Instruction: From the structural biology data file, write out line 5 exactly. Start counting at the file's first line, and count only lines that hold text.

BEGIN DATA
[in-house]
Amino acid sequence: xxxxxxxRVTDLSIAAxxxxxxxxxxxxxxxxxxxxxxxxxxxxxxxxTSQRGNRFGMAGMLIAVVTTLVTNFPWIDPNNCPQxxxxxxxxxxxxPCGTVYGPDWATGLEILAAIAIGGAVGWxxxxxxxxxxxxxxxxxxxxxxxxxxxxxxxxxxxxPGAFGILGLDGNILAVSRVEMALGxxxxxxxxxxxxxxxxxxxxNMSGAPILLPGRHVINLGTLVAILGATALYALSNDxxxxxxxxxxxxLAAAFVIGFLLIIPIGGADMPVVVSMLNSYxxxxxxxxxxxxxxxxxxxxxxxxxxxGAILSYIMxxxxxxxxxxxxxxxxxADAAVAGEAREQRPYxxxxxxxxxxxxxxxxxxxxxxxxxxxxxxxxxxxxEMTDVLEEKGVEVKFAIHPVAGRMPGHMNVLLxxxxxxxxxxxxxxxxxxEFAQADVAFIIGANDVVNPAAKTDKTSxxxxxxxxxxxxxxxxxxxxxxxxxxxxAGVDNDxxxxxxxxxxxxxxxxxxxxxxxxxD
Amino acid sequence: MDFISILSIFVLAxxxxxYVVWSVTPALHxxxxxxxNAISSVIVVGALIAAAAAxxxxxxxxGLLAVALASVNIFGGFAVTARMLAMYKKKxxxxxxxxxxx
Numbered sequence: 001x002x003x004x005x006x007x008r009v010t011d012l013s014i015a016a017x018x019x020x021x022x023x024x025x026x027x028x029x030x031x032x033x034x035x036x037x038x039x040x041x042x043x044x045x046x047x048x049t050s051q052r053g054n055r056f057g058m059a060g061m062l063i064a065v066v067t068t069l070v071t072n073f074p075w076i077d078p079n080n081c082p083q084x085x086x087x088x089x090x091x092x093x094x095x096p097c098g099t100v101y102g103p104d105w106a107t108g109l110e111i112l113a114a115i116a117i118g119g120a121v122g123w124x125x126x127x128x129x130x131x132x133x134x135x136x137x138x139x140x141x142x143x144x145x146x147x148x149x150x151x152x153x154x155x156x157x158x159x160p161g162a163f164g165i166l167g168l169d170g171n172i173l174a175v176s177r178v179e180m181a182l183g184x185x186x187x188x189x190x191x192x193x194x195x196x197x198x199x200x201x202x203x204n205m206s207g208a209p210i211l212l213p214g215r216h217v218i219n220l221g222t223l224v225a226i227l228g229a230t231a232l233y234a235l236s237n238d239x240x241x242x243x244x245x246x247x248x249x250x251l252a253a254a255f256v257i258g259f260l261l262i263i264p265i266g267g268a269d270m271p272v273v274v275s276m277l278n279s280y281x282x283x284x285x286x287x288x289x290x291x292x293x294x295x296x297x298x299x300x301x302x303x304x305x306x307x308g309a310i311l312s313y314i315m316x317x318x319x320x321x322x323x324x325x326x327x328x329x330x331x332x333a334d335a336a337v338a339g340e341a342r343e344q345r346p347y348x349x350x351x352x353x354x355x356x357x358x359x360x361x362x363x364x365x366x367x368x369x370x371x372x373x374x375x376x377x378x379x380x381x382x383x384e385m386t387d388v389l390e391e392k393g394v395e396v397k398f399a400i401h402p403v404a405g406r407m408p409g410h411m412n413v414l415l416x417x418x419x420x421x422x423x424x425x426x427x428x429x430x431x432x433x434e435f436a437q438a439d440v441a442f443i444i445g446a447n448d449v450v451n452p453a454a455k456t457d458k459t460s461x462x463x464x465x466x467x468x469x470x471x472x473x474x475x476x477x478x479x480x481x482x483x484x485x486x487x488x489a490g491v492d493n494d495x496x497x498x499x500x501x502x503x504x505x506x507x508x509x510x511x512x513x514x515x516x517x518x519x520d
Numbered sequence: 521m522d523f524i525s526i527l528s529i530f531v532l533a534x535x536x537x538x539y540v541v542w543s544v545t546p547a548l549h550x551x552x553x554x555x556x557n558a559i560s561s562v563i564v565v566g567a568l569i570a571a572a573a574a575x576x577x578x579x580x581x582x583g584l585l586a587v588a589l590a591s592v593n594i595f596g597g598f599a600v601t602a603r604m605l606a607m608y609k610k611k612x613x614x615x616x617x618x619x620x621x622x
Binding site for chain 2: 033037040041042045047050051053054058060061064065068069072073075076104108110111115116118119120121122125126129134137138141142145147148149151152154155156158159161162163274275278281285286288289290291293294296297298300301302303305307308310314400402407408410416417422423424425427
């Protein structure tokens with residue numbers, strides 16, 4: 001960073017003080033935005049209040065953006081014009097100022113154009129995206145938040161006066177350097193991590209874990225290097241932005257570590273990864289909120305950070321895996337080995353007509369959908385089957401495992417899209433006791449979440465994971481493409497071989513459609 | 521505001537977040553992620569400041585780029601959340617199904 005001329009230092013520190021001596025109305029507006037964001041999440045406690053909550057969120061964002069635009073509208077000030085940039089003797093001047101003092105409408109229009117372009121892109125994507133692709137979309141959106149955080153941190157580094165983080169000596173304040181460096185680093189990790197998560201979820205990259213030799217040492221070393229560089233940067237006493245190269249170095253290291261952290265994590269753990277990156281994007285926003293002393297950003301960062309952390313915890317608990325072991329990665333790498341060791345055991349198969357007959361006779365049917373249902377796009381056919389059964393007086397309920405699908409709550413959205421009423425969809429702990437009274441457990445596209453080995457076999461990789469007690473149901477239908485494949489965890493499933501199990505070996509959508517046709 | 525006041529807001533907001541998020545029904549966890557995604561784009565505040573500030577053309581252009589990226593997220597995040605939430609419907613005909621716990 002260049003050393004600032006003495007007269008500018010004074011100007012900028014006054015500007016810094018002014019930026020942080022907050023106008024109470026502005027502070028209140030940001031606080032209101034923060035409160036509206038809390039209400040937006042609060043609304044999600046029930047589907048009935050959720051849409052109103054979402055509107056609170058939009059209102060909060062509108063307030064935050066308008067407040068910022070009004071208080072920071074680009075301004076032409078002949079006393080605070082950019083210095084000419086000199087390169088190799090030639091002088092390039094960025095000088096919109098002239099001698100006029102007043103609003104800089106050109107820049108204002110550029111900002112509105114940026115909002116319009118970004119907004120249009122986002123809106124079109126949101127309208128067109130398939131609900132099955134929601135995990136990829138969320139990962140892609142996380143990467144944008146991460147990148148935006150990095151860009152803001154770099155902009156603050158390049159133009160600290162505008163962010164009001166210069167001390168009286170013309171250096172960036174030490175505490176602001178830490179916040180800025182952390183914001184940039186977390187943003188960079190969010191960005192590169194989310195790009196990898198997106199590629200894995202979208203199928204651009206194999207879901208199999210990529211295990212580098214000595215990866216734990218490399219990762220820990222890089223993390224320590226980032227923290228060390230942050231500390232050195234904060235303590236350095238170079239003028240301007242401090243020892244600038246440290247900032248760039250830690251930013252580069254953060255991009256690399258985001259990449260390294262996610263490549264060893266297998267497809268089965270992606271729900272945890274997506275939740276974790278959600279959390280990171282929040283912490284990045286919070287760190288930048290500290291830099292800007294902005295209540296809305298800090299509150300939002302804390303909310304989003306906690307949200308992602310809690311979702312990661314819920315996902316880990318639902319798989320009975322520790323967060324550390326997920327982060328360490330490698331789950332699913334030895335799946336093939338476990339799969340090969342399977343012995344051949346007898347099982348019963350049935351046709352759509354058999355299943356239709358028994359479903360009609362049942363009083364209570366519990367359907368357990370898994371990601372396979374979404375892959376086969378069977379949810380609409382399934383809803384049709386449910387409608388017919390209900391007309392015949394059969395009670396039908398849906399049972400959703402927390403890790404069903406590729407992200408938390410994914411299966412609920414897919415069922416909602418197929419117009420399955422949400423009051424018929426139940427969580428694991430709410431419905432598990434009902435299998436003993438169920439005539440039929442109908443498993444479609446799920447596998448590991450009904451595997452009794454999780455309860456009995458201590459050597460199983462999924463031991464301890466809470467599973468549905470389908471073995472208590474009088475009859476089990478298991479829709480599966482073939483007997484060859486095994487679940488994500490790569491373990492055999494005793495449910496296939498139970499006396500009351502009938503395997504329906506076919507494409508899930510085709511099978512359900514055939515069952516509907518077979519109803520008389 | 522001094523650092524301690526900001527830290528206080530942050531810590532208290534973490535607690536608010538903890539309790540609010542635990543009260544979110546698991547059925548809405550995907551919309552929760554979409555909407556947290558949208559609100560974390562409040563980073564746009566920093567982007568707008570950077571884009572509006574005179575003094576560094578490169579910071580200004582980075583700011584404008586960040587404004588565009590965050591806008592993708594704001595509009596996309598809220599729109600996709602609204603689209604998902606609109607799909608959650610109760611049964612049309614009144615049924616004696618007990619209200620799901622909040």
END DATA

Numbered sequence: 521m522d523f524i525s526i527l528s529i530f531v532l533a534x535x536x537x538x539y540v541v542w543s544v545t546p547a548l549h550x551x552x553x554x555x556x557n558a559i560s561s562v563i564v565v566g567a568l569i570a571a572a573a574a575x576x577x578x579x580x581x582x583g584l585l586a587v588a589l590a591s592v593n594i595f596g597g598f599a600v601t602a603r604m605l606a607m608y609k610k611k612x613x614x615x616x617x618x619x620x621x622x